Portrayed by Keith Henley
Born free in Philadelphia, James Forten began working at seven years old following the passing of his father. He attended the African School, run by Quaker abolitionist Anthony Benezet until he was nine. At 14, Forten was serving on a privateer ship during the Revolutionary War. The ship was captured by the British, but as a result of a bond of friendship he had formed, he was held a prisoner, not sold into slavery, until his release 7 months later. At which time he walked from Brooklyn to Philadelphia to rejoin his family.
He apprenticed as a sail-maker, became foreman, and eventually bought the sail loft itself, and set about turning the business into one of the most successful of its kind in Philadelphia, thus making himself one of the city’s wealthiest citizens. Forten used his wealth and influence to support many causes, particularly the abolition of slavery. Toward this goal he signed a petition calling for the abolition of the slave trade and modification of the Fugitive Slave Law. With Reverend Richard Allen, he worked to establish the first Convention of Color in 1817. In 1833, Forten helped form and finance the American Anti-Slavery Society. He wrote many pamphlets as “a Man of Color” as well as contributing as a writer and supporter of The Liberator, an abolitionist newspaper. He continued his efforts for equal civil rights until his passing at 75 years of age.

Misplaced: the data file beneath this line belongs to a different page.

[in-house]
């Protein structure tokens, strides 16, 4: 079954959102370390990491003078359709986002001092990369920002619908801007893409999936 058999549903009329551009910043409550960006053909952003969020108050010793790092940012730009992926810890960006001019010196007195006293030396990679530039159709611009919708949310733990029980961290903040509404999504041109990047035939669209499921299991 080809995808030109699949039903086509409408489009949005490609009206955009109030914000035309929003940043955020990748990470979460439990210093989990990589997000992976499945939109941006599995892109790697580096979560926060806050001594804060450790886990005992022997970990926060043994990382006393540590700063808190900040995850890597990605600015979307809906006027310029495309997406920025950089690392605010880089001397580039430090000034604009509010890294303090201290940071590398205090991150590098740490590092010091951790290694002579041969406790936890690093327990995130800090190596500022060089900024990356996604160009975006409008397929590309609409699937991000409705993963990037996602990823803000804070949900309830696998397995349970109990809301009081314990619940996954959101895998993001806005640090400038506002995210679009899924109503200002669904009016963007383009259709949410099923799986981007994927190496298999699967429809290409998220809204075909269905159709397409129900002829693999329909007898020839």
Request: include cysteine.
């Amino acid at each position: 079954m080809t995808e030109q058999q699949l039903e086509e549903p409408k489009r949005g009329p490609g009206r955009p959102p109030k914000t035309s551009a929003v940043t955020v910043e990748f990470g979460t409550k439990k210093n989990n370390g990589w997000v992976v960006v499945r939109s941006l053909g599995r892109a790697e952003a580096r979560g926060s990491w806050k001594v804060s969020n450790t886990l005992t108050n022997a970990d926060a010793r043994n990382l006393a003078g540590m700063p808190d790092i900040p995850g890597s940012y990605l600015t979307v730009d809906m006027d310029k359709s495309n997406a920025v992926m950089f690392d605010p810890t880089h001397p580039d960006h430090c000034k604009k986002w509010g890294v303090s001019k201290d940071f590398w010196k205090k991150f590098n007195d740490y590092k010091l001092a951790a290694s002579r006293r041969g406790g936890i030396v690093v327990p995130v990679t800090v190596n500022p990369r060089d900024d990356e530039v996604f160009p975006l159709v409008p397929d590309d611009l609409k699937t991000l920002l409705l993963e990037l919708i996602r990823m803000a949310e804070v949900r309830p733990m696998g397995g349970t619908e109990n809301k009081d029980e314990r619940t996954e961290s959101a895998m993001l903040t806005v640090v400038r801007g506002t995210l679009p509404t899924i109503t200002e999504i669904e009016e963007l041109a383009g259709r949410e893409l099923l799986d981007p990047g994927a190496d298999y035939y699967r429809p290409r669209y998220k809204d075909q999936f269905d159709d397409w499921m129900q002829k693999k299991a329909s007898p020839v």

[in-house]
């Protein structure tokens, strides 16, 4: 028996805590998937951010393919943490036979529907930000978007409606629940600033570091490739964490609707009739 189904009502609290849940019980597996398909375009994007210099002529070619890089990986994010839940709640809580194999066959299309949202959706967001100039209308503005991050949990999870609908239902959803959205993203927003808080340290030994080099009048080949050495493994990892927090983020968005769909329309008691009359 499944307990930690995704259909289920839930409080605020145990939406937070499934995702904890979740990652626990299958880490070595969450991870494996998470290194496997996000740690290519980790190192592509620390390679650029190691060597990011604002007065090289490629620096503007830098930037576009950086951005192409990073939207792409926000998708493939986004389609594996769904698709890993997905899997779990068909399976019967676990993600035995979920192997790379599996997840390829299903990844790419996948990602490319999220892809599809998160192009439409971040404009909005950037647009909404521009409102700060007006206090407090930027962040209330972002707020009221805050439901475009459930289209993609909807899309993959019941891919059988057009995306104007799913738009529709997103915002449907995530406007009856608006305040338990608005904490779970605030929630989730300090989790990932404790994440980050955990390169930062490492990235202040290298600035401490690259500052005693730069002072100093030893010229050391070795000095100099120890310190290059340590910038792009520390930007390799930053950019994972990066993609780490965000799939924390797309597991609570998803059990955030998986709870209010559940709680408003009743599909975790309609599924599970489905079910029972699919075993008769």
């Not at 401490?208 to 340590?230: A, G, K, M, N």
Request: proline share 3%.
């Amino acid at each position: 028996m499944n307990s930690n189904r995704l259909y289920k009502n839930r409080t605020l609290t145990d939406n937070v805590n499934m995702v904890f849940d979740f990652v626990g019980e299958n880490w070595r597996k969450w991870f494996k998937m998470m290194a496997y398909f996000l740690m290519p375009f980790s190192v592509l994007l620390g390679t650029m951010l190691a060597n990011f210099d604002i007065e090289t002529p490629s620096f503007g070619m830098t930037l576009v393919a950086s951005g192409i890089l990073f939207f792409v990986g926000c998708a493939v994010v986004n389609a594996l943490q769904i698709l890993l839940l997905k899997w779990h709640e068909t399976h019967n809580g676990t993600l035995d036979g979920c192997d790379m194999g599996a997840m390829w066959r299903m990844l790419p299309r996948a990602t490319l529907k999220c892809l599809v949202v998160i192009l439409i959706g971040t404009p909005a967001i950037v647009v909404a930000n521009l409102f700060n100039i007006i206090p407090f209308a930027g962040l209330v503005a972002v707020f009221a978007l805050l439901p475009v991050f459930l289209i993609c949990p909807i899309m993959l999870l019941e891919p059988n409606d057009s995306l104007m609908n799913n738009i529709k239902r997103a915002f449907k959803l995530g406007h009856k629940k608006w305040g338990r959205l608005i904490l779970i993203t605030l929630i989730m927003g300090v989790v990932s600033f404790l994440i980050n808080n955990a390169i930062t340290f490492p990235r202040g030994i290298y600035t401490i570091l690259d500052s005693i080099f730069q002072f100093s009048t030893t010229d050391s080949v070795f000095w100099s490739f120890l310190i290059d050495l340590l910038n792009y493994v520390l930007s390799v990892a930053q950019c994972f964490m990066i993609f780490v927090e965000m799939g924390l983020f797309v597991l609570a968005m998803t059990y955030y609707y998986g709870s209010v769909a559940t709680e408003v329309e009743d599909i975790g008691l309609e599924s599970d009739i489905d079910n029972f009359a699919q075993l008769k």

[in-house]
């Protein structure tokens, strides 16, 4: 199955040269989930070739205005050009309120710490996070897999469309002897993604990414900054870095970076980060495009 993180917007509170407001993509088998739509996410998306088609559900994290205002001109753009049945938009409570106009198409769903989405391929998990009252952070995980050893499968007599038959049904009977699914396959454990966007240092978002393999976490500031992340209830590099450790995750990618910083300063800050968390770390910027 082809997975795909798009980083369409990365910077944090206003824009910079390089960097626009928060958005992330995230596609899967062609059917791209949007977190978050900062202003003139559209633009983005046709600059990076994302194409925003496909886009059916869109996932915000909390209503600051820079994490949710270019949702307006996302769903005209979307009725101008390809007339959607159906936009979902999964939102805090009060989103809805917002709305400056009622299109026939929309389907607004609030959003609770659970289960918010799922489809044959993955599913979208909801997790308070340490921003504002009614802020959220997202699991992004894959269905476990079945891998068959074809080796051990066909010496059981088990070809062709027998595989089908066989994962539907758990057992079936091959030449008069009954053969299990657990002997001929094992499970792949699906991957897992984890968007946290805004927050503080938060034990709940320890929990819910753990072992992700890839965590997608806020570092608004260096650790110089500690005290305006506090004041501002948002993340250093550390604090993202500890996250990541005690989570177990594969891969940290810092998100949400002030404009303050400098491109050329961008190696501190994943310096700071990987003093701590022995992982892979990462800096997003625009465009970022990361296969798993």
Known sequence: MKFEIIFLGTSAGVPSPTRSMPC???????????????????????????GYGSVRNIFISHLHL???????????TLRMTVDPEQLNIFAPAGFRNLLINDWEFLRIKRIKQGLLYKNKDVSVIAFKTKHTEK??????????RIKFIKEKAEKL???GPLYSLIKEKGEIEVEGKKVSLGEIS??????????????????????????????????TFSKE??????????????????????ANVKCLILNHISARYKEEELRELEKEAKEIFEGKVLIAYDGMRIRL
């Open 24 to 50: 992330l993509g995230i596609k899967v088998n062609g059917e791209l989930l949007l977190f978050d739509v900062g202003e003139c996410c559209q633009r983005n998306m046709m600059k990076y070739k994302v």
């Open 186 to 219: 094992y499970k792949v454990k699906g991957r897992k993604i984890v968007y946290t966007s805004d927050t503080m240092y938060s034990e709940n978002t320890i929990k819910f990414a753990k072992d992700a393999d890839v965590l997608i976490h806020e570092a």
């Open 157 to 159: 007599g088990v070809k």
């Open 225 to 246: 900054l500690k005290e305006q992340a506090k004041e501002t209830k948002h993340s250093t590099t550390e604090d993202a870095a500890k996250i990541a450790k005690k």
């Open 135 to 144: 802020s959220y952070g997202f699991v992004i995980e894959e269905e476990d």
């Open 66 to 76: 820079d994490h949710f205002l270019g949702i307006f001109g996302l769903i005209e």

Keith Henley’s background is one of great diversity. He graduated South Carolina State College with a major in Chemistry and minors in mathematics and biology. Later, he went on to study Theatre Education at Camden County College Blackwood, NJ. He currently owns and operates J.O.Y. Productions, Queenie’s Homemade Sweets and Catering, & Alpha Designs. In addition he is the Artistic Director and Choreographer for Folkloric Heritage Culture Arts Company Inc. of Cherry Hill, New Jersey. He began his historic interpretation career with Historic Philadelphia Inc. and has since worked for American Historical theatre and History First Hand and has performed for the Smithsonian Associates’ Teaching American History program, Historic Germantown, the Academy of Natural Sciences of Philadelphia as well as local libraries.